How to move your SQL Database to Azure
Yes it's possible, even fairly simple (once you've read this blogpost). But why would you do it?
I've written before about an Umbraco development teams database setup, and if you read the blogpost, you'll notice that I originally arrived at a setup, where every developer has her/his own database.
Since then Azure happened, and if you have access to an Azure account one of the impediments to using a shared database sort of disappeared: Creating a database you can share between developers, doesn't require you setup a local database server, living on your local network. So if you want to explore the advantages of using a central shared database for Umbraco development, you can read on here to see how to move your Umbraco database into Azure.
There's a lot of different ways to go about moving or creating a database on Azure, this being one of them, but anyway: You're going to need a Windows computer, a SQL Server installation (preferably v2012), and an installation of the Microsoft SQL Server Data Tools - October 2013 or later.
We're going to create the database on Azure, following this recipe:
- Create a database server for the database on Azure, using the web interface.
- Create a Data Tier Application for your database with SqlPackage.exe, which sounds much more involved than it actually is.
- Import your Data Tier Application into Azure with SqlPackage.exe
Create a database server in Azure
This is where you'll need your Azure Account login credentials ready. Login, click the Database icon in the toolbar to the left, click servers in content-menu, and select: New » Data Services » SQL Database » Custom Create.
Next step is filling in the following rather self explanatory form. If this is your first SQL database in Azure you'll need to create a server for the DB, by setting the Server to the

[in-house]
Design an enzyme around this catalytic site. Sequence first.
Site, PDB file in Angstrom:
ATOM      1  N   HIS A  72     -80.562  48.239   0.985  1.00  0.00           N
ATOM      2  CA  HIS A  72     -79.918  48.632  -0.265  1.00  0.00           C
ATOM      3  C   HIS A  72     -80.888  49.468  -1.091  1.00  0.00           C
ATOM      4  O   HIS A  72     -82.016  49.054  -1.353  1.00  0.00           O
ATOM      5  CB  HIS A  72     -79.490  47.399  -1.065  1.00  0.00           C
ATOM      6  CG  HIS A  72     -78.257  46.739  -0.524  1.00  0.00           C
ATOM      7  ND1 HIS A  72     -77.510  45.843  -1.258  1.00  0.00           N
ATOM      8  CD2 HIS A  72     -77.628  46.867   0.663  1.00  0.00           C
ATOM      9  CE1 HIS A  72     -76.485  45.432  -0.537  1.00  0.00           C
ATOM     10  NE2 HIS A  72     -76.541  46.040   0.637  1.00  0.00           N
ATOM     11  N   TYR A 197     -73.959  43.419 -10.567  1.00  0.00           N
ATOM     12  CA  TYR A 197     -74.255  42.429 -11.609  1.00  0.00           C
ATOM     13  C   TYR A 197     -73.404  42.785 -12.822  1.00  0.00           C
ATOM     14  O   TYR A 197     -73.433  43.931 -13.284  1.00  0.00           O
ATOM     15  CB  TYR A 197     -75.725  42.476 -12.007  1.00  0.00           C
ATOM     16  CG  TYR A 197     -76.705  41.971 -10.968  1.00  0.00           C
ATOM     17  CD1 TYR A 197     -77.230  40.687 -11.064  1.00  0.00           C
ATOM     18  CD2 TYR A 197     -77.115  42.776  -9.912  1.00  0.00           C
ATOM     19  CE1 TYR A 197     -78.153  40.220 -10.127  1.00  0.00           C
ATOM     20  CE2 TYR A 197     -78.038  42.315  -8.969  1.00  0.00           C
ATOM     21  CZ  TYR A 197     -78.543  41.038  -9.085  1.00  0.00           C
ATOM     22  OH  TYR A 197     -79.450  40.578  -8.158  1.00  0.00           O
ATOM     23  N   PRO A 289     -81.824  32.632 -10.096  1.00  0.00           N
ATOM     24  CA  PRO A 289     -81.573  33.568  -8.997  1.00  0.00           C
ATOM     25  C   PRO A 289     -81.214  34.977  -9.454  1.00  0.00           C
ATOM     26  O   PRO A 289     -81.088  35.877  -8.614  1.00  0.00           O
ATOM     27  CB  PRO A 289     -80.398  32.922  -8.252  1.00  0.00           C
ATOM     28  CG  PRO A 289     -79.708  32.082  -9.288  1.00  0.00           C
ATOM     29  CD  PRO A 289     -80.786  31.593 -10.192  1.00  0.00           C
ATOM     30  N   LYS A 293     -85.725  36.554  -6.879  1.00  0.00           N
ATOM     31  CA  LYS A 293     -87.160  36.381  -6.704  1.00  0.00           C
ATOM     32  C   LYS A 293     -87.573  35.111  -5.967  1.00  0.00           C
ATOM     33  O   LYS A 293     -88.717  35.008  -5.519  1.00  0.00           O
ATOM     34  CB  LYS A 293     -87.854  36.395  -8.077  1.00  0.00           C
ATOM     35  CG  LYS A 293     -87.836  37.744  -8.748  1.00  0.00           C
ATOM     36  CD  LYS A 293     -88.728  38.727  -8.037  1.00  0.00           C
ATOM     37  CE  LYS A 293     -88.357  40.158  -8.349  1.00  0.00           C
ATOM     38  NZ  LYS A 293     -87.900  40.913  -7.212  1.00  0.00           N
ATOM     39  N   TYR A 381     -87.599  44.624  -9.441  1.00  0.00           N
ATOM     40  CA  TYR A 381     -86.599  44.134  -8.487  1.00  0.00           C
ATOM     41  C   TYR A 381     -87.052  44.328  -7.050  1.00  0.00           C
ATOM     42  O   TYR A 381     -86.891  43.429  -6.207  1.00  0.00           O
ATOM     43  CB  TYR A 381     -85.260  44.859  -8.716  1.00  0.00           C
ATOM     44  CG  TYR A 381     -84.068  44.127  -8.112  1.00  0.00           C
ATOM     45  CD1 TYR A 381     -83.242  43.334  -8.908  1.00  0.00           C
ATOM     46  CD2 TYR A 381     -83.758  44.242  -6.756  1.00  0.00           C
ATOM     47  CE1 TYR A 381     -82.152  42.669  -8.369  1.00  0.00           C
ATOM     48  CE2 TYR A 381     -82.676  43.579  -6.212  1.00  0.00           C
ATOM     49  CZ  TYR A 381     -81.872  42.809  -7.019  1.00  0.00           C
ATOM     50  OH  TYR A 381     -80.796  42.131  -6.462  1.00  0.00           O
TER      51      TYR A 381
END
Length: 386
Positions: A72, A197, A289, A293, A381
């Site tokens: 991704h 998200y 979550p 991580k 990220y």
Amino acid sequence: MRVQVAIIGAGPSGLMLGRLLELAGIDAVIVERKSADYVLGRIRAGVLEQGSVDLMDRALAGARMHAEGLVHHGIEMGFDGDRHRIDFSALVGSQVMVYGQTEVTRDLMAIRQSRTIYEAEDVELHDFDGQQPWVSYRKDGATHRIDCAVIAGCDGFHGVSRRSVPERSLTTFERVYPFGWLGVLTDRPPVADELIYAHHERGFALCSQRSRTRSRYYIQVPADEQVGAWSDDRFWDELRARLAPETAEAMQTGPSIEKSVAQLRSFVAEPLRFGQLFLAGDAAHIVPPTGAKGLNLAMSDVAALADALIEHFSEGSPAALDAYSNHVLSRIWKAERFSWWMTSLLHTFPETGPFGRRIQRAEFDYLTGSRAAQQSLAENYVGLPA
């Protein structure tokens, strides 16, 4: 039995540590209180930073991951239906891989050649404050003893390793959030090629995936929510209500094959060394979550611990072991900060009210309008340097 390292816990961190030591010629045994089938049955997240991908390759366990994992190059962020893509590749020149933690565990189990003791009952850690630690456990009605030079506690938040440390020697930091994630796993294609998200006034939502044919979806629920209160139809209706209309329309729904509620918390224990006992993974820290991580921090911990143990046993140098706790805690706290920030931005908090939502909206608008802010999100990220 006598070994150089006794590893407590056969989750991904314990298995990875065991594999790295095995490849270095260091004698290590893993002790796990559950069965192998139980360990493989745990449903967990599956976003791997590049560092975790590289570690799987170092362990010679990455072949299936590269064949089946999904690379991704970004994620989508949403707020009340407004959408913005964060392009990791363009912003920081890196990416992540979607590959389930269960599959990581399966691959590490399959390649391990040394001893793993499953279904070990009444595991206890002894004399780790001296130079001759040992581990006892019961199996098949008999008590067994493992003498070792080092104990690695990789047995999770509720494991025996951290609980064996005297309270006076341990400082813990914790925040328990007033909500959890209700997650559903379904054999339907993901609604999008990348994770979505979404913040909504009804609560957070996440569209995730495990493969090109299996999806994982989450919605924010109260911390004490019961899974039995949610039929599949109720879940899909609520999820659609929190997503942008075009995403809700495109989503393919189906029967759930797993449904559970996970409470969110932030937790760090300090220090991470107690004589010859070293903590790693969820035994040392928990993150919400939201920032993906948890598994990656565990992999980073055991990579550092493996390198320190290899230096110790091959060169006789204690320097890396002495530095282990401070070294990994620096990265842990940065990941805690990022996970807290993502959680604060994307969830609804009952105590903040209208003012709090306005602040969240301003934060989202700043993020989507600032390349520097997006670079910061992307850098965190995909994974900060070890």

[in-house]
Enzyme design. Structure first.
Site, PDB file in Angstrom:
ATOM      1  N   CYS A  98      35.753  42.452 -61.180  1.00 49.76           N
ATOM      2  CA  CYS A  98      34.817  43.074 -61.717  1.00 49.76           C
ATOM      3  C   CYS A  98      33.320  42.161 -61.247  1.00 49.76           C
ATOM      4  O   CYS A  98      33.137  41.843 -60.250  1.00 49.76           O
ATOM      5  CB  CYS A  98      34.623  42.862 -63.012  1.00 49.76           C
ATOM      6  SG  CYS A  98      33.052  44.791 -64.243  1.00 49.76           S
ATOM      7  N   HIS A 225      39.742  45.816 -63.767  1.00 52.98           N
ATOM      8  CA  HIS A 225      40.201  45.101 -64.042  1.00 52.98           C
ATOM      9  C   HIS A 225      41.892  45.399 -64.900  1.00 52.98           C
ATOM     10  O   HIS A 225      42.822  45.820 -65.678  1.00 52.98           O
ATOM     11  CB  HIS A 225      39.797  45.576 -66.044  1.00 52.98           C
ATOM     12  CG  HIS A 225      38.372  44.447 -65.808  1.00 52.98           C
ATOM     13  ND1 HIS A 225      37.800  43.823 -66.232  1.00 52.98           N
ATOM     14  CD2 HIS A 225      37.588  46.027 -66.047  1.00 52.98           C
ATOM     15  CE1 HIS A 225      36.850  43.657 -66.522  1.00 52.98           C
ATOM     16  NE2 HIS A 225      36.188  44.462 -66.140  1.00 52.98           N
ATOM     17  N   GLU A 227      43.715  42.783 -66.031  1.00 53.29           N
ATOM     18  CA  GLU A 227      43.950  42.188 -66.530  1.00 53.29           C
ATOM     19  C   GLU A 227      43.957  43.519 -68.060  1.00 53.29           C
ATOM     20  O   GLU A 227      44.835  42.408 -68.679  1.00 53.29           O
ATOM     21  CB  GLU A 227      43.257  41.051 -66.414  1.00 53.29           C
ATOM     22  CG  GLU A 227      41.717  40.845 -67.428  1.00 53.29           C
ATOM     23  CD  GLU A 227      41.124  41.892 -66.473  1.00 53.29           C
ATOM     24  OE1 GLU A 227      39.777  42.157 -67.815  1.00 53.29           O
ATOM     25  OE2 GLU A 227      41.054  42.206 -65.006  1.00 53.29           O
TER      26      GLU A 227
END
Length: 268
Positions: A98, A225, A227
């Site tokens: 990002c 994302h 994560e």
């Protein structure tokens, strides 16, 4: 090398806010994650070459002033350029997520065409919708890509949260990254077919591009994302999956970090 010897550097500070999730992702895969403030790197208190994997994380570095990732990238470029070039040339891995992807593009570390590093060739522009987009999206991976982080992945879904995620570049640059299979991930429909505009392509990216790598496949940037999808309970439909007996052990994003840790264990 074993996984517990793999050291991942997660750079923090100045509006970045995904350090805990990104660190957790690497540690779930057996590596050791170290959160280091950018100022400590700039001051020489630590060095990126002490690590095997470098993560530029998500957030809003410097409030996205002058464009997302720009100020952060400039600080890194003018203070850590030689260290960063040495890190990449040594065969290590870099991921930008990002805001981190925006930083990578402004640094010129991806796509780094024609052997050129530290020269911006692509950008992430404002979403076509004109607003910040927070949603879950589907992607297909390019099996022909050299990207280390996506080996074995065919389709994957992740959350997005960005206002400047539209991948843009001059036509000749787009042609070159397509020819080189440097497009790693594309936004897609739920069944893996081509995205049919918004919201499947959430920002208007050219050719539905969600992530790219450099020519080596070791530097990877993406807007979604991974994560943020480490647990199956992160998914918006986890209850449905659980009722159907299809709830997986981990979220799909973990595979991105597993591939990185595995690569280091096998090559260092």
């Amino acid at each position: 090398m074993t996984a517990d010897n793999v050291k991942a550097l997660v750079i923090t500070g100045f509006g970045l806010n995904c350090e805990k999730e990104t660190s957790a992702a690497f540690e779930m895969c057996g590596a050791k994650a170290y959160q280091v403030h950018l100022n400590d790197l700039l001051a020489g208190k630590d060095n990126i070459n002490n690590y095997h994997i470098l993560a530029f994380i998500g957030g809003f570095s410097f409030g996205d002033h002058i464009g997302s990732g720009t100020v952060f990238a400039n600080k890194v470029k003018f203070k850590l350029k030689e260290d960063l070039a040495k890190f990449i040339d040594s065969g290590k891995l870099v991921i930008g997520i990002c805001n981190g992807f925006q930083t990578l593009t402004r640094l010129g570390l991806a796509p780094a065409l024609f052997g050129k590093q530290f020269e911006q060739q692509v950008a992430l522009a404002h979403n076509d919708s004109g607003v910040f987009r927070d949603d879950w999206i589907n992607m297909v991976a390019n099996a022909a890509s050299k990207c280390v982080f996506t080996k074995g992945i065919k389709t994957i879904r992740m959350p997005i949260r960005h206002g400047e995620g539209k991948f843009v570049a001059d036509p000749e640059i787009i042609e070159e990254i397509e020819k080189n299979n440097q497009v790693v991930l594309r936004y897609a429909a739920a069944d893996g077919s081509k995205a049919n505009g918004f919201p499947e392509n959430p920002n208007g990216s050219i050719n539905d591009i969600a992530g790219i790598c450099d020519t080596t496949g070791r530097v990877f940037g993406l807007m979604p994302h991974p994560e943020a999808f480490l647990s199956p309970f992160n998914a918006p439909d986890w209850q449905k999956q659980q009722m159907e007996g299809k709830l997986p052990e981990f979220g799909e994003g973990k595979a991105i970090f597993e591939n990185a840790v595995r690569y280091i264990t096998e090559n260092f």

New SQL database server option.
When setting up your DB server you'll be asked to provide a username and a password for the server login, these will be used in the connection string for the database. Also choose a datacenter location for your database server.
Your new Azure SQL Database isn't immediately available to everyone with an internet connection, there's a firewall in front of it. So in order to be able to use it when developing you have to add your IP-address to the allowed IP-addresses list. You can do this from the Dashboard view for the database. (Click DB-icon in the left side - then your newly created database). You find the link to manage allowed IP addresses in the right side of the view below
Click the link - the interface will detect your current IP, so it's just a matter of clicking a button to add your address to the list of allowed addresses.
After adding your IP address, you're almost set to go. Last remaining step is grabbing the connection string, and use that when setting up your Umbraco project. The connection string is also available in the quick glance menu, just click
Show connection strings copy the ADO.NET connection string in the dialog, and paste it into your web.config file.
When this is done, you should be able to run your local Umbraco project and setup the initial database using the Umbraco install wizard.
Move an existing database